His career may not have panned out as expected, but Alexandre Pato was one of the most entertaining footballers of his generation.
What other 18-year-old could join an AC Milan squad containing Andrea Pirlo, Kaka, Fillipo Inzaghi and Clarence Seedorf and immediately become the name on everyone’s lips?
Alexandre Rodrigues Da Silva, known as ‘Pato’, meaning ‘The Duck’, arrived at Milan in 2007 for a £24million fee, a massive figure at the time for a teenager from Brazil, but he was already one of the biggest talents in the world.
63 goals and 150 games later, injuries meant he moved on back to Brazil, before brief stints at Chelsea and Villarreal, eventually finding form in China and now the MLS, but it was his time at Milan which is worth remembering.
Drawing comparisons with a certain Lionel Messi at the time, Pato was a fast, technical forward, who had every kind of goal in his locker.
It’s also disrespectful to call him a goalscorer: he brought his Brazillian flair to Milan and was at times the most skilful player in a team with Ronaldinho and Kaka. High praise, but he was fully deserving of it.
The initial breakthrough
Making his first-team debut for Internacional in Brazil as a 16-year-old in 2006, Pato scored in the very first minute of his first game, in a 4-1 league victory over Palmeiras with an outside boot finish on his right foot, where he also assisted two more.
Not many players have a professional debut anywhere close to that level of quality, and there was plenty more to come.
He would go on to score 10 goals for the club, helping them win the Club World Cup and broke Pele’s record of being the youngest ever goalscorer in a FIFA competition – at 17 years and 102 days. Pato started as Internacional beat Barcelona in the final, which put him on the radar of Europe’s top clubs.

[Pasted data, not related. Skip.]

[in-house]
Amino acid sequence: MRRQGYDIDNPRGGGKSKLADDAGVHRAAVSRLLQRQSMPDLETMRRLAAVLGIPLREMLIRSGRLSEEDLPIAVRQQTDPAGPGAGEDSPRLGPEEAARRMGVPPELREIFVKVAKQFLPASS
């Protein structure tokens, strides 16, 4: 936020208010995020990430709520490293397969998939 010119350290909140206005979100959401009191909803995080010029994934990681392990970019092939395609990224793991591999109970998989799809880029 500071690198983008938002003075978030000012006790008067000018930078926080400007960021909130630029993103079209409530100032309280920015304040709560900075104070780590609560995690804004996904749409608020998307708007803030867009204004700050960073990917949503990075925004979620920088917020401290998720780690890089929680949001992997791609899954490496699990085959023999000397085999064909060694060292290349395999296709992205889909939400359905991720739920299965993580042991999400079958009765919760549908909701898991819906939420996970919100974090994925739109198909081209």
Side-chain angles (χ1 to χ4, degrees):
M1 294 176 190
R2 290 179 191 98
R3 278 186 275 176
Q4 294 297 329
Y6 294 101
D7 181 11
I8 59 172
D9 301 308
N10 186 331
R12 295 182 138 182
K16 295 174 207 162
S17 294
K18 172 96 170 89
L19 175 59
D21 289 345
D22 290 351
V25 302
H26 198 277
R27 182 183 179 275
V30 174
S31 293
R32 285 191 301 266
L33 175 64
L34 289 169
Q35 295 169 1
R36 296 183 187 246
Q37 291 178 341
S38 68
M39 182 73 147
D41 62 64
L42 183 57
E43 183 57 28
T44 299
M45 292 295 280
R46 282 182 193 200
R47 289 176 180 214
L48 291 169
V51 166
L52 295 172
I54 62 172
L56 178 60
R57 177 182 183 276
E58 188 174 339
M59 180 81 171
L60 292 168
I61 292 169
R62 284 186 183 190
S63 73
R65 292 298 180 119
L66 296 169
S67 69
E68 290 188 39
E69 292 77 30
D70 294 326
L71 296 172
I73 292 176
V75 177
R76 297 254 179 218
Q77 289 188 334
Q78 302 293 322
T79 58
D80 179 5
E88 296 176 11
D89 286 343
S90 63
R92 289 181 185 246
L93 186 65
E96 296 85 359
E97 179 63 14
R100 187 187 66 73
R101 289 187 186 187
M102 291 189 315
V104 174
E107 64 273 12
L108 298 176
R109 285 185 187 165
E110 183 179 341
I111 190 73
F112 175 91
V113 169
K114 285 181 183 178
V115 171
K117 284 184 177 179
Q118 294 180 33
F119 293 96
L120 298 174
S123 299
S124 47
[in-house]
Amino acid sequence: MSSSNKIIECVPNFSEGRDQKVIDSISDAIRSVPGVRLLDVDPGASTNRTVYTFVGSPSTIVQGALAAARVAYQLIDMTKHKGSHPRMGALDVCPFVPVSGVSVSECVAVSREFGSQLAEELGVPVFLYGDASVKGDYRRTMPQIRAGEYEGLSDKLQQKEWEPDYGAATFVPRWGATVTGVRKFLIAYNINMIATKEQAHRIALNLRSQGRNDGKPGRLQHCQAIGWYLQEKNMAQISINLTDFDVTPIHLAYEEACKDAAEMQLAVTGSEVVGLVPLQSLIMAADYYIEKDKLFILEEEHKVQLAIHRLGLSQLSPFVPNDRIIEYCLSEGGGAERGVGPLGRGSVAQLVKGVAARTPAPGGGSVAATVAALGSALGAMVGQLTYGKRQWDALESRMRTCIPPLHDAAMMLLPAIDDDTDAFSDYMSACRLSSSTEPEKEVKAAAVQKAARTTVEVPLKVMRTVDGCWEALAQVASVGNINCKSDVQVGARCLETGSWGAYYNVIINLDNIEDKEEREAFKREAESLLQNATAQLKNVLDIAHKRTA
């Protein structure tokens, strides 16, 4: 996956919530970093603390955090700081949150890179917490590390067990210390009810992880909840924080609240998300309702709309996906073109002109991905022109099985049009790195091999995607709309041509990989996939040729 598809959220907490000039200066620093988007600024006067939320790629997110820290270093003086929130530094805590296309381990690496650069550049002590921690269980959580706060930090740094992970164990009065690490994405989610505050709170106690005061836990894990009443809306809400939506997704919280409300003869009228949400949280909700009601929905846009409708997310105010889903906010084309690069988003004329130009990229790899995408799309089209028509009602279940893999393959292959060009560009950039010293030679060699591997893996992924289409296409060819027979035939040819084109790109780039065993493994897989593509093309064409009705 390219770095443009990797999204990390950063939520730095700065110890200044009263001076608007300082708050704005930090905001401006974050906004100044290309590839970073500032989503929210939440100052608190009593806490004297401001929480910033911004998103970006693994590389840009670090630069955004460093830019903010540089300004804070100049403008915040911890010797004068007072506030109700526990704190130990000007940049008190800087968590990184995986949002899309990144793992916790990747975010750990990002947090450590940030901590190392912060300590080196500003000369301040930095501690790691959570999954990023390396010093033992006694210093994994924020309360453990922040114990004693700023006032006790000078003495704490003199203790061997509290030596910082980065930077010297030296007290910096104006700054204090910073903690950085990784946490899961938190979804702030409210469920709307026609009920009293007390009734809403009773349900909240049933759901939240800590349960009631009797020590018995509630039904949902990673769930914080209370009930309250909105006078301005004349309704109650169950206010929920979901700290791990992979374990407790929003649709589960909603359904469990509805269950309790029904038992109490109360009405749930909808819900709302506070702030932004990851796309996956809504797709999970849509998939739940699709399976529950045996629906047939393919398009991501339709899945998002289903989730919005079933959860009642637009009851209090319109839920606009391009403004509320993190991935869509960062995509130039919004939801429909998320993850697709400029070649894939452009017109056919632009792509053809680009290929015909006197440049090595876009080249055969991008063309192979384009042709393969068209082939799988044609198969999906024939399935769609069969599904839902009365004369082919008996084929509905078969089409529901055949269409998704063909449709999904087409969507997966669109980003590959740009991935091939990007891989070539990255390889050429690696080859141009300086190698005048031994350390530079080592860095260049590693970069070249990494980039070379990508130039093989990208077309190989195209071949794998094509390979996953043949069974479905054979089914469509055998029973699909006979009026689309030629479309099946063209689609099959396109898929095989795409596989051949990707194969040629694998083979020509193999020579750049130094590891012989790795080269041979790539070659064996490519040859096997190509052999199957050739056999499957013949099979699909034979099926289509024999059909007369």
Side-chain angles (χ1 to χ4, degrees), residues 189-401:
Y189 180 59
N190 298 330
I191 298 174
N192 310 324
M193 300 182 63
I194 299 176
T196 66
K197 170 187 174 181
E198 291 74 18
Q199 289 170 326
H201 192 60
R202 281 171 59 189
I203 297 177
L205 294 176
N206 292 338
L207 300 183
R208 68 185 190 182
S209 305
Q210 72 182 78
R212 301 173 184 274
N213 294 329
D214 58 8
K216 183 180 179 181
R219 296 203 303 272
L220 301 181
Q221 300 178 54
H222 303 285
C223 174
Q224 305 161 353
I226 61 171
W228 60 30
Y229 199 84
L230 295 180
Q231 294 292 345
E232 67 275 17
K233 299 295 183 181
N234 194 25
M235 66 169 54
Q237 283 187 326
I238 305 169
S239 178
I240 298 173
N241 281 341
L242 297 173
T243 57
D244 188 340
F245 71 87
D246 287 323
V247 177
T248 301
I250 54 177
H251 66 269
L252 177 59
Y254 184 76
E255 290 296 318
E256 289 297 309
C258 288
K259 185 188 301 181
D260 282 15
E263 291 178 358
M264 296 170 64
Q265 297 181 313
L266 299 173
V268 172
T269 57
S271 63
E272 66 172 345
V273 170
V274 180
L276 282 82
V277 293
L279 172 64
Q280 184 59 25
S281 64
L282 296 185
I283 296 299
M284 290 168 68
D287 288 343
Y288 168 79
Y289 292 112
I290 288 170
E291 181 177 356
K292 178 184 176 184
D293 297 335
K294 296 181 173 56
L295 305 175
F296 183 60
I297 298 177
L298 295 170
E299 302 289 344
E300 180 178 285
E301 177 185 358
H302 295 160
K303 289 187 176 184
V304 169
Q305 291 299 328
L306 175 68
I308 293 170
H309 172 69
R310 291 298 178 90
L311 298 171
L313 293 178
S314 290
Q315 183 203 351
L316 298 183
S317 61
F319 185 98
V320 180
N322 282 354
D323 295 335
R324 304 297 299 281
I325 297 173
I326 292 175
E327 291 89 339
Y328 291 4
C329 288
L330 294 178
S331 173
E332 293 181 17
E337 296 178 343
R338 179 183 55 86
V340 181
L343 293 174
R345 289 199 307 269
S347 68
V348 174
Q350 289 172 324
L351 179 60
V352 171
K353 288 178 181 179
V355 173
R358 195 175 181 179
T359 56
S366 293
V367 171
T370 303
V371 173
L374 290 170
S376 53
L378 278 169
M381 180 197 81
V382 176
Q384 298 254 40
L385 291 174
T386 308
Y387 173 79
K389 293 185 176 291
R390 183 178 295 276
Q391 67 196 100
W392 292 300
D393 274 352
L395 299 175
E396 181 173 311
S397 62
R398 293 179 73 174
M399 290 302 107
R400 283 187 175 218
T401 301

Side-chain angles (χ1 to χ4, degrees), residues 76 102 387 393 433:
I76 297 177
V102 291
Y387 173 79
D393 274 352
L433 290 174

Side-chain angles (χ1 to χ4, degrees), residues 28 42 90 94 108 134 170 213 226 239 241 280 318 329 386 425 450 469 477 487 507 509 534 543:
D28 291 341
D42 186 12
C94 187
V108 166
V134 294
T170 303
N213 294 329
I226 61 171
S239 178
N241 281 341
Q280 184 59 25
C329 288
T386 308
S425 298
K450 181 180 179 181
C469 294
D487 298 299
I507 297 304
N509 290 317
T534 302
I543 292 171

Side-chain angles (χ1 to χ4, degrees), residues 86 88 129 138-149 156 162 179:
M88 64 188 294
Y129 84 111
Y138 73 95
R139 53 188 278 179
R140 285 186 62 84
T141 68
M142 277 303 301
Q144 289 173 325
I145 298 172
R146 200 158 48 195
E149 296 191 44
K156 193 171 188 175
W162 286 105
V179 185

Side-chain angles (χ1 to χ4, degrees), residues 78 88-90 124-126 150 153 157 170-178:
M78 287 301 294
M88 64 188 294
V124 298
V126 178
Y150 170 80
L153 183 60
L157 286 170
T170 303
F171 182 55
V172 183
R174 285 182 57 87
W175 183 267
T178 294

Pato (vs Palmeiras, 2006) pic.twitter.com/wQE1hRmEvE
— Inter gols (@InterGols) January 24, 2016
The glory days at Milan
Following his big-money move, the Brazilian linked up with Carlo Ancelotti, joining a team full of Champions League-winning superstars. However, due to transfer regulations, he would have to wait until January to make his debut, where he scored against Napoli in a 5-2 win.
In the same year, Pato also scored on his Brazil debut, in a 1-0 win over Sweden. Later on in his career, he would remarkably score on his debuts for Corinthians, Chelsea and Villarreal.
His debut for the Rossoneri was a sign of things to come for him in the famous red and black. He would go on to score nine goals in just 13 league starts in his first season, but it was overall a disappointing year for the reigning European Champions as they finished a lowly fifth and were knocked out of the Champions League by Arsenal in the round of 16.
His second season was where things really took off for Pato. Ronaldinho arrived from Barcelona, helping to form a Brazil dominated front line, whilst stars David Beckham and Andrey Shevchenko joined on loan.
Pato was not overawed by these household names in the slightest, finishing as the club’s top scorer in all competitions, whilst wowing football fans everywhere with his sublime skill and pace.
Pato was also important in big games as Milan resurged to a third-place finish, scoring against rivals Inter and Juventus, and ended the season with 15 goals and eight assists in 27 league starts.
This would turn out to be his highest-scoring season at Milan, but Pato was never just about goals. He was one of the deadliest attackers in the world simply because of the different ways in which he could score. at 5ft11, he was not the most imposing forward, but was still an incredible aerial threat in the box, with his intelligent movement and high jumping reach proving a nightmare to defend against.
Pato went on to win the 2009 golden boy award as the best young player in Europe, following in the footsteps of Wayne Rooney, Lionel Messi and Sergio Aguero.
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Pato continued to perform well the following season, where he scored two fantastic goals away at Real Madrid in the Champions League group stage, as he also started shifting position to the right wing.